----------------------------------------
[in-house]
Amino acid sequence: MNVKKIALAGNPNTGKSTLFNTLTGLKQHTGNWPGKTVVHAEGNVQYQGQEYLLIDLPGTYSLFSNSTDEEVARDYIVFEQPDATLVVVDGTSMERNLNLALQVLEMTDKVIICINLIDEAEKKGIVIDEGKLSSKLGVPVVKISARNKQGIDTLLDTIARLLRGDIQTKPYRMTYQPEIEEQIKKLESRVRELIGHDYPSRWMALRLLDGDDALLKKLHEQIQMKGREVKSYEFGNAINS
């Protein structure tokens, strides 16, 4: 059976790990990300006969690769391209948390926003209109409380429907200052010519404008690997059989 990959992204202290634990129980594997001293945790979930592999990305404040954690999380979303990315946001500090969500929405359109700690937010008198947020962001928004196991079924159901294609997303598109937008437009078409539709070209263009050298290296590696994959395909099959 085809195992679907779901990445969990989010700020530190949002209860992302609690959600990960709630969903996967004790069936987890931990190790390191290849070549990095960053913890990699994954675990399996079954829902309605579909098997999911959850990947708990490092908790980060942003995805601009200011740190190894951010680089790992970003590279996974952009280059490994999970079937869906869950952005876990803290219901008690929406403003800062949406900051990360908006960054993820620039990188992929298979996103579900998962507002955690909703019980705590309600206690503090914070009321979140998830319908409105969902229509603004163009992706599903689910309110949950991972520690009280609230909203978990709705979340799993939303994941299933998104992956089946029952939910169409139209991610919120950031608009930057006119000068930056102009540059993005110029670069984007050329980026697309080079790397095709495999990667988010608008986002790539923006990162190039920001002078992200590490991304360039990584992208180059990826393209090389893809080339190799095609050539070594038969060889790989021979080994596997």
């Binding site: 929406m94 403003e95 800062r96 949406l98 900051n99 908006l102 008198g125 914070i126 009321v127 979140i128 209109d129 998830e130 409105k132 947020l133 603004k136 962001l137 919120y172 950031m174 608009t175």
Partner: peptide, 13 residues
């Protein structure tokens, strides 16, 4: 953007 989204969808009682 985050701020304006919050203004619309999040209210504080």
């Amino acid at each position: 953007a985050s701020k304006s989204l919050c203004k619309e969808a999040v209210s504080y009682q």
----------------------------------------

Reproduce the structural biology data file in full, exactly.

[in-house]
Amino acid sequence: MNVKKIALAGNPNTGKSTLFNTLTGLKQHTGNWPGKTVVHAEGNVQYQGQEYLLIDLPGTYSLFSNSTDEEVARDYIVFEQPDATLVVVDGTSMERNLNLALQVLEMTDKVIICINLIDEAEKKGIVIDEGKLSSKLGVPVVKISARNKQGIDTLLDTIARLLRGDIQTKPYRMTYQPEIEEQIKKLESRVRELIGHDYPSRWMALRLLDGDDALLKKLHEQIQMKGREVKSYEFGNAINS
């Protein structure tokens, strides 16, 4: 059976790990990300006969690769391209948390926003209109409380429907200052010519404008690997059989 990959992204202290634990129980594997001293945790979930592999990305404040954690999380979303990315946001500090969500929405359109700690937010008198947020962001928004196991079924159901294609997303598109937008437009078409539709070209263009050298290296590696994959395909099959 085809195992679907779901990445969990989010700020530190949002209860992302609690959600990960709630969903996967004790069936987890931990190790390191290849070549990095960053913890990699994954675990399996079954829902309605579909098997999911959850990947708990490092908790980060942003995805601009200011740190190894951010680089790992970003590279996974952009280059490994999970079937869906869950952005876990803290219901008690929406403003800062949406900051990360908006960054993820620039990188992929298979996103579900998962507002955690909703019980705590309600206690503090914070009321979140998830319908409105969902229509603004163009992706599903689910309110949950991972520690009280609230909203978990709705979340799993939303994941299933998104992956089946029952939910169409139209991610919120950031608009930057006119000068930056102009540059993005110029670069984007050329980026697309080079790397095709495999990667988010608008986002790539923006990162190039920001002078992200590490991304360039990584992208180059990826393209090389893809080339190799095609050539070594038969060889790989021979080994596997």
């Binding site: 929406m94 403003e95 800062r96 949406l98 900051n99 908006l102 008198g125 914070i126 009321v127 979140i128 209109d129 998830e130 409105k132 947020l133 603004k136 962001l137 919120y172 950031m174 608009t175």
Partner: peptide, 13 residues
């Protein structure tokens, strides 16, 4: 953007 989204969808009682 985050701020304006919050203004619309999040209210504080």
């Amino acid at each position: 953007a985050s701020k304006s989204l919050c203004k619309e969808a999040v209210s504080y009682q």